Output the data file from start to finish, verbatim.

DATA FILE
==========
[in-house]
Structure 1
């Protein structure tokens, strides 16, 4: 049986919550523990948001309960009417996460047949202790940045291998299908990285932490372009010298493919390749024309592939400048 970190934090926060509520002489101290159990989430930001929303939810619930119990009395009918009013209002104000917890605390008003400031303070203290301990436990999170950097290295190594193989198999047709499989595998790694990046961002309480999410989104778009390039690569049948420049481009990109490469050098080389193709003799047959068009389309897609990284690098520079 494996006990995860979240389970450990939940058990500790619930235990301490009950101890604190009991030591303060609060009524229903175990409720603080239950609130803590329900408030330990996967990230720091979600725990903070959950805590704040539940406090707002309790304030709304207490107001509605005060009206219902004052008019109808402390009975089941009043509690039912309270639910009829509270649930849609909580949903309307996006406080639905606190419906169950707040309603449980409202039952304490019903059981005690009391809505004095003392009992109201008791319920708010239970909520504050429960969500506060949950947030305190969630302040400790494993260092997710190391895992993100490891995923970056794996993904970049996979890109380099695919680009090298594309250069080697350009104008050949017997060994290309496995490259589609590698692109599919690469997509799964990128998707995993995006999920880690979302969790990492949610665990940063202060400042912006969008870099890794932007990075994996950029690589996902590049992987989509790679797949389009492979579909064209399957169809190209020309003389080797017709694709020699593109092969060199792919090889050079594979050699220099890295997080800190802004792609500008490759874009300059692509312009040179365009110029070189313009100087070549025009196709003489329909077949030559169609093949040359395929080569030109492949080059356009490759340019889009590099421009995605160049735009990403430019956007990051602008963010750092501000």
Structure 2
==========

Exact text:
[in-house]
Structure 1
């Protein structure tokens, strides 16, 4: 049986919550523990948001309960009417996460047949202790940045291998299908990285932490372009010298493919390749024309592939400048 970190934090926060509520002489101290159990989430930001929303939810619930119990009395009918009013209002104000917890605390008003400031303070203290301990436990999170950097290295190594193989198999047709499989595998790694990046961002309480999410989104778009390039690569049948420049481009990109490469050098080389193709003799047959068009389309897609990284690098520079 494996006990995860979240389970450990939940058990500790619930235990301490009950101890604190009991030591303060609060009524229903175990409720603080239950609130803590329900408030330990996967990230720091979600725990903070959950805590704040539940406090707002309790304030709304207490107001509605005060009206219902004052008019109808402390009975089941009043509690039912309270639910009829509270649930849609909580949903309307996006406080639905606190419906169950707040309603449980409202039952304490019903059981005690009391809505004095003392009992109201008791319920708010239970909520504050429960969500506060949950947030305190969630302040400790494993260092997710190391895992993100490891995923970056794996993904970049996979890109380099695919680009090298594309250069080697350009104008050949017997060994290309496995490259589609590698692109599919690469997509799964990128998707995993995006999920880690979302969790990492949610665990940063202060400042912006969008870099890794932007990075994996950029690589996902590049992987989509790679797949389009492979579909064209399957169809190209020309003389080797017709694709020699593109092969060199792919090889050079594979050699220099890295997080800190802004792609500008490759874009300059692509312009040179365009110029070189313009100087070549025009196709003489329909077949030559169609093949040359395929080569030109492949080059356009490759340019889009590099421009995605160049735009990403430019956007990051602008963010750092501000």
Structure 2